The economy is expected to achieve a higher growth than last year. The projected growth rates range from 4.5 to 5.5 percent. Growth in the global economy is expected to support Sri Lankan exports and enhance industrial growth, while improved weather conditions are expected to revive agricultural output. The Governor of the Central Bank, Dr. [...]


Will the economy achieve growth exceeding 5 percent this year?


The economy is expected to achieve a higher growth than last year. The projected growth rates range from 4.5 to 5.5 percent. Growth in the global economy is expected to support Sri Lankan exports and enhance industrial growth, while improved weather conditions are expected to revive agricultural output.

The Governor of the Central Bank, Dr. Indrajit Coomaraswamy, when unveiling the Road Map for 2018 on January 3rd, disclosed that the Central Bank projects the economy to grow by 5 to 5.5 percent this year, from a “shade below 4 percent” in 2017. Although other projections too place it at higher than that of last year’s 4 percent, they are less than 5 percent. For instance the Asian Development Bank expects the economy to grow by 4.7 percent.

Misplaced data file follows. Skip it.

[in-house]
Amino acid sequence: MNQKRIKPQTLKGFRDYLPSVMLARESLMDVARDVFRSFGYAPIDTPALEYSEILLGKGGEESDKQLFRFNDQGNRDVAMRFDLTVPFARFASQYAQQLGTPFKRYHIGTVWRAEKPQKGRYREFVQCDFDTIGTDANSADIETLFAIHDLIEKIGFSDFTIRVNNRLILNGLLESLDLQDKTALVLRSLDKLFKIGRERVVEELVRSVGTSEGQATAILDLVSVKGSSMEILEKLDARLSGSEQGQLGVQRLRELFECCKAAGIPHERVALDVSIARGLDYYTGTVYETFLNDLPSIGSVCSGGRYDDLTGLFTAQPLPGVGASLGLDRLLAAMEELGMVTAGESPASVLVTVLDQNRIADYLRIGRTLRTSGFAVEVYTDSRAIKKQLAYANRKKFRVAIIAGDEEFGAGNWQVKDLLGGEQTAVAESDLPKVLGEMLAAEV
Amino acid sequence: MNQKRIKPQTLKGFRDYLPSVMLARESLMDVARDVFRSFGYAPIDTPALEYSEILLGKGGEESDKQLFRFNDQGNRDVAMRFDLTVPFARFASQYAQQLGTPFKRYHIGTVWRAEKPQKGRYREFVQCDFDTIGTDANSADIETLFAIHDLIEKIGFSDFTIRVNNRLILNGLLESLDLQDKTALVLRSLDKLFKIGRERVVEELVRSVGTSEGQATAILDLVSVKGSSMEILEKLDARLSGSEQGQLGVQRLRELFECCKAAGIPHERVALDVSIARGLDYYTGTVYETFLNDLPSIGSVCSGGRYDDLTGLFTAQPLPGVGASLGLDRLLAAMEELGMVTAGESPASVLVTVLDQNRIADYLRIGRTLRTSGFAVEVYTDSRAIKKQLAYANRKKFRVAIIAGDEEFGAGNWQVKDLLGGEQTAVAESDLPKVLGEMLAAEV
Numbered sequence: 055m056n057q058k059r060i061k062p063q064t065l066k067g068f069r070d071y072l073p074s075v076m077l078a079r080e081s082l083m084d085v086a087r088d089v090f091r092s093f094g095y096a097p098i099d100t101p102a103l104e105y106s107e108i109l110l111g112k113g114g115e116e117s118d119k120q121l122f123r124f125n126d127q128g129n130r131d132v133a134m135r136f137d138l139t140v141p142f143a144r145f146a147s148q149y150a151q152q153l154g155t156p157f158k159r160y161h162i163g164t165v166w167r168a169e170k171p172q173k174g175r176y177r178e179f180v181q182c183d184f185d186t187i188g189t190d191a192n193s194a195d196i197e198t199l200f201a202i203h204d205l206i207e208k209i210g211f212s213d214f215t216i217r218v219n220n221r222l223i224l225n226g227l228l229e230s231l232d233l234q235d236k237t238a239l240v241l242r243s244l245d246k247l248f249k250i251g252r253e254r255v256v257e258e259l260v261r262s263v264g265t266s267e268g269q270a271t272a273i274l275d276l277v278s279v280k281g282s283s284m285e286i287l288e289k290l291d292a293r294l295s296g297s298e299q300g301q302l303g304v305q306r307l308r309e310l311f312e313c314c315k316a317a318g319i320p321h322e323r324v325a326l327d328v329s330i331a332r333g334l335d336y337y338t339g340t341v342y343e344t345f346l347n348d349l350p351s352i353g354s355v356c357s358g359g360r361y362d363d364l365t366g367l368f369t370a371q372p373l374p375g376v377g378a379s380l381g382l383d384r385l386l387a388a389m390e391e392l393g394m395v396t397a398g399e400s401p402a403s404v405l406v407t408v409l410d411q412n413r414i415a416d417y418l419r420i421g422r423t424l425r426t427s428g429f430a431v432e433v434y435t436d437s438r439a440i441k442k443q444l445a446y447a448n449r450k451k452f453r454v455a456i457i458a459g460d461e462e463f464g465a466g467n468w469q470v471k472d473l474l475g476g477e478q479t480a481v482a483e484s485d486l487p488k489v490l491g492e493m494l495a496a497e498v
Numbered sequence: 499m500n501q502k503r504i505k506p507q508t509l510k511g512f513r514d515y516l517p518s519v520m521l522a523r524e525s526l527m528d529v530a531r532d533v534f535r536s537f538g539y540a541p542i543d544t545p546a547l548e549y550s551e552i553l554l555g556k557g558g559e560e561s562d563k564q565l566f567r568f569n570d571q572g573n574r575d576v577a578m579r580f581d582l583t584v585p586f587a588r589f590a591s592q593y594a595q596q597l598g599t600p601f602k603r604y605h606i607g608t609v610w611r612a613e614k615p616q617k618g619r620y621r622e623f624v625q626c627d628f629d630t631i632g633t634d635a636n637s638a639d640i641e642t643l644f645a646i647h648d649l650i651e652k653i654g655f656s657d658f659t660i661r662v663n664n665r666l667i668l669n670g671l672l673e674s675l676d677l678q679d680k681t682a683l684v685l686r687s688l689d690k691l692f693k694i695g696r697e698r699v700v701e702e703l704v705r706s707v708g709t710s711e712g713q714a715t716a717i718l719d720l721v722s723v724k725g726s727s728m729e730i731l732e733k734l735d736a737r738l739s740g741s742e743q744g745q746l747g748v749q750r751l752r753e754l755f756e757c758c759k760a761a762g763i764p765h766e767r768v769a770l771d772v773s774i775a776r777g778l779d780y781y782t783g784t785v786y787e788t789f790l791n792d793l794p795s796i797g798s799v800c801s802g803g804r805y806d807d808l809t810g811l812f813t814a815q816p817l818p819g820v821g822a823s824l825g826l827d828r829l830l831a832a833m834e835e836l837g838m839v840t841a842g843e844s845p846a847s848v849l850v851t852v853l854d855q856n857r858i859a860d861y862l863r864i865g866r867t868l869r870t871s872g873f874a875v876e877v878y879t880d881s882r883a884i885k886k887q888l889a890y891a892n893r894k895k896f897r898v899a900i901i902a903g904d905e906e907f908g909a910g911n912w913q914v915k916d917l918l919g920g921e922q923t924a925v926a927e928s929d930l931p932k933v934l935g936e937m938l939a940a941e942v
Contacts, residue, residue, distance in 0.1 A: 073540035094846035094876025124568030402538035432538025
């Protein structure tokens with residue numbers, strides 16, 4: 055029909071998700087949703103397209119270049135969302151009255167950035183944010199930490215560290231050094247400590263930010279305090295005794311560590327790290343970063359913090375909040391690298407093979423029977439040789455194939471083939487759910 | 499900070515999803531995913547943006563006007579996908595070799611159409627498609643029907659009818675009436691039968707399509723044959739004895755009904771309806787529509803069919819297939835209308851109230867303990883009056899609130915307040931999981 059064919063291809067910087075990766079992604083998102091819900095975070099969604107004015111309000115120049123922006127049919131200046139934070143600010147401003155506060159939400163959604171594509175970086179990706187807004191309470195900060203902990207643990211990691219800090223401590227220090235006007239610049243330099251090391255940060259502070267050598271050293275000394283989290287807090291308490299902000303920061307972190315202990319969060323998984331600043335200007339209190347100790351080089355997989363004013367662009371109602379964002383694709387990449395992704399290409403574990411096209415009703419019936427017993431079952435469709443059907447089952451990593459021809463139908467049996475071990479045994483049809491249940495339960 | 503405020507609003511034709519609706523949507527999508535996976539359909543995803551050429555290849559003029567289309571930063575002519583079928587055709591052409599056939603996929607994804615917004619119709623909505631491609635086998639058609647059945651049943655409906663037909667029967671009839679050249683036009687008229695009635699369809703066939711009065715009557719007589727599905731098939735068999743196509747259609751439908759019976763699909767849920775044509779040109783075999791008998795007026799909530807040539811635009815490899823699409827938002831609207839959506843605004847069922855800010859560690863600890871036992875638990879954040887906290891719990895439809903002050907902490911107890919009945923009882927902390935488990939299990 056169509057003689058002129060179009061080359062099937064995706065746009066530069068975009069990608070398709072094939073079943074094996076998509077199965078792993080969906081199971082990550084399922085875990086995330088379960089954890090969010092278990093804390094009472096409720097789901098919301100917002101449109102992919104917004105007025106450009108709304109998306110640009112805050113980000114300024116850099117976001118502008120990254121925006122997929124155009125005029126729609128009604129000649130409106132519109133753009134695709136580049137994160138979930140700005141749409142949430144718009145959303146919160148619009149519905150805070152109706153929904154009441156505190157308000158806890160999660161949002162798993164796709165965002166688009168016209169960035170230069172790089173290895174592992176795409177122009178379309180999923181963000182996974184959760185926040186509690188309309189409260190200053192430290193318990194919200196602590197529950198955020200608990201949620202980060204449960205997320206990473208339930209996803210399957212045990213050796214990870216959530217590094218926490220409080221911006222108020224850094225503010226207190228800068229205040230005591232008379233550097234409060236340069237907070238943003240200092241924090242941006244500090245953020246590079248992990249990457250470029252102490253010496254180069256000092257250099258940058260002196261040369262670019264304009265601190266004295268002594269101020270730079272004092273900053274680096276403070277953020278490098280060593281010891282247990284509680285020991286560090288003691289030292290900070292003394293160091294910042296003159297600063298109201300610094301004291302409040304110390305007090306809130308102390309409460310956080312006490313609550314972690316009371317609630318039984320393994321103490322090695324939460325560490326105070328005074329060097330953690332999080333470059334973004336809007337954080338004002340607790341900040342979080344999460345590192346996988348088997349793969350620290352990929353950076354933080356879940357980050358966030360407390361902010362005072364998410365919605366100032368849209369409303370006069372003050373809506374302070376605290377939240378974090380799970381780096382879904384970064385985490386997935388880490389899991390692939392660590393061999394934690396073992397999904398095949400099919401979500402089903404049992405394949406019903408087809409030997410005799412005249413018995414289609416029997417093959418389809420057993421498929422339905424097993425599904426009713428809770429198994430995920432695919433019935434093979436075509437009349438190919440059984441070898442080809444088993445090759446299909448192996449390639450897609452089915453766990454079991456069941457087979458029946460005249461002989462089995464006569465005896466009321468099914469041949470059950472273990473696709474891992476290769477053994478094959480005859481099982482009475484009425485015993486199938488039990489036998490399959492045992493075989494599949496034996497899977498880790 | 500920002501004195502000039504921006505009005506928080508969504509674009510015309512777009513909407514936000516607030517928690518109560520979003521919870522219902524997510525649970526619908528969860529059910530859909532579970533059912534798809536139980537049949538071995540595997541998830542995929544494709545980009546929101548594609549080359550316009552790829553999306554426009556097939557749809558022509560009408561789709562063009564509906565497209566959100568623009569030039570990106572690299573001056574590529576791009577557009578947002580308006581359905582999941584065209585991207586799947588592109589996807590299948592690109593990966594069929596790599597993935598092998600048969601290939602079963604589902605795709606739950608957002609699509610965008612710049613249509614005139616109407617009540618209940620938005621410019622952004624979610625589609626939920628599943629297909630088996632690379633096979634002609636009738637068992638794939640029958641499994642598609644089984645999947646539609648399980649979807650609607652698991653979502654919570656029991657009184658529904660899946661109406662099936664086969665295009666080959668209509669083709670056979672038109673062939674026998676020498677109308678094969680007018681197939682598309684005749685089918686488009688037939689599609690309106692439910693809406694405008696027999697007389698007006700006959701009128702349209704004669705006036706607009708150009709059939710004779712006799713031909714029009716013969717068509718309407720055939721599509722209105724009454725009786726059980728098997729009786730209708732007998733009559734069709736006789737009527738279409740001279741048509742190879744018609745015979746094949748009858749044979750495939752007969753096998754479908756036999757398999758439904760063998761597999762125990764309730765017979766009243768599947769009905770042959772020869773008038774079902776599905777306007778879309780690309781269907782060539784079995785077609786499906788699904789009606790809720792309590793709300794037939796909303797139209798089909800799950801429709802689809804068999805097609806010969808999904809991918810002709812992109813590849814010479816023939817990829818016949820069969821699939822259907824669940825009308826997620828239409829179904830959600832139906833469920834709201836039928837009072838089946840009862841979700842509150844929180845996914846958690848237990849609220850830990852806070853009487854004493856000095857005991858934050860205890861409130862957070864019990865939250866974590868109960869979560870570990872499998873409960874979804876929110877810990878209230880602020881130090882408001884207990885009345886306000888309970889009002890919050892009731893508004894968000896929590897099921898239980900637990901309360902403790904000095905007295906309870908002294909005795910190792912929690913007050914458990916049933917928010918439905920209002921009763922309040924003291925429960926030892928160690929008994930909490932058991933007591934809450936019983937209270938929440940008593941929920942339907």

The ultimate outcome depends on a number of factors that could either spur economic growth or retard it. Not the least of which is the unfolding political environment. The government’s capacity to implement its development policies and global uncertainties would also matter.

All three sectors of the economy are expected to grow. Agriculture that was severely affected last year is likely to revive. In the industrial sector, construction is expected to continue growing, while manufacturing is expected to increase owing to growth in manufactured exports. Tourism, that had a slight setback in September and October recovered in November and is expected to grow faster this year, as is the expectation in other services.

Sources of growth: Agriculture
Agriculture that was adversely affected in the first quarter of last year by continuing drought, and in the second quarter by floods, is expected to achieve higher production. Rice production fell by 53 percent last year and food crop production fell sharply. Tea and rubber output also declined.